To see a world in a grain of sand…

William Blake – Auguries of Innocence
To see a world in a grain of sand,
And a heaven in a wild flower,
Hold infinity in the palm of your hand,
And eternity in an hour.

Some of the oldest shapes, swirls of the universe…ancient forming, transforming nature.
The tip of a spiral shell has broken off and become a grain of sand. It is opalescent from the repeated tumbling action of the surf. Surrounding the shell fragment are five other sand grains, from top middle clockwise, (1) a pink shell fragment, (2) a foram, (3) a microscopic shell, (4) a volcanic melt, and (5) a bit of coral. Image Copyright © 2008 Dr. Gary Greenberg, All Rights Reserved.

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Jung’s Flowers

The stunning Manchester Cathedral recently hosted the North West’s largest flower festival;
over 30,000 flowers no less were on display – a glorious uplifting experience for the senses; both physically and spiritually as well as stimulating questions about their significance in relation to the human realm. So here are a collection of my favourite flowers from that day with a few thoughts.

People of all millennia have attached mythical and religious meaning to flowers. Sometimes spiritual value was translated into material realms as happened to the cowrie shell used as currency in Asia and Africa.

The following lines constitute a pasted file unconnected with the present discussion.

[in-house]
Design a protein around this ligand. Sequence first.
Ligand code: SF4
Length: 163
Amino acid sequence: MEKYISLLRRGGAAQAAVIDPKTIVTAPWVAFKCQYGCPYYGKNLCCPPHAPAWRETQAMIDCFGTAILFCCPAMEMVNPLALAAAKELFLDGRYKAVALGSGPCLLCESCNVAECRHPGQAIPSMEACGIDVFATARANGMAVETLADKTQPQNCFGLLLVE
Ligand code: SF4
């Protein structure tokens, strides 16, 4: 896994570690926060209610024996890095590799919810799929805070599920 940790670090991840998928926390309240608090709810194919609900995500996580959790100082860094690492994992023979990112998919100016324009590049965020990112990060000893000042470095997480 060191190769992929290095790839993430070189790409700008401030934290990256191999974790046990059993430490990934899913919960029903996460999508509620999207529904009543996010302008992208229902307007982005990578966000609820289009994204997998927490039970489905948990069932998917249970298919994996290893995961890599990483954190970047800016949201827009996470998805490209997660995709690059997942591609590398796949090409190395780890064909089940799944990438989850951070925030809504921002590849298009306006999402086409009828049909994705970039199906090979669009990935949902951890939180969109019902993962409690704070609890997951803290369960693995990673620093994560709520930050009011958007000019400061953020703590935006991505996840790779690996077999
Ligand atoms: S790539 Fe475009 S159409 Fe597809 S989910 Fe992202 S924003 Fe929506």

Jung juxtaposed the rose as the western equivalent of the lotus symbolising transformation, unfoldment, purity and fertility. Rose is to the occidental world what the lotus is to the Asia and Middle East Cultures – a foremost feminine, mystic and sacred symbol, mythologically expressing the mother archetype.

Mandalas that imply protection have used roses and lotus symbology arranging 4 petals indicating squaring of the circle or united opposites.

Some Tantrists align the Lotus, also known as Padma as the womb, and there are many images where Buddha is in the lotus-flower. Plants symbolise growth, so the flower depicts the unfolding from a centre.

Jung also suggested that as the unconscious self was far removed from the conscious mind that it expressed itself through plant symbols – particularly roses and lotus.

The Dhamma, of Aniccha – the teaching of temporality; that the only thing permanent in this world is impermanence is exquisitely encapsulated by the ephemeral nature of flowers and their different stages of growth and dissolution.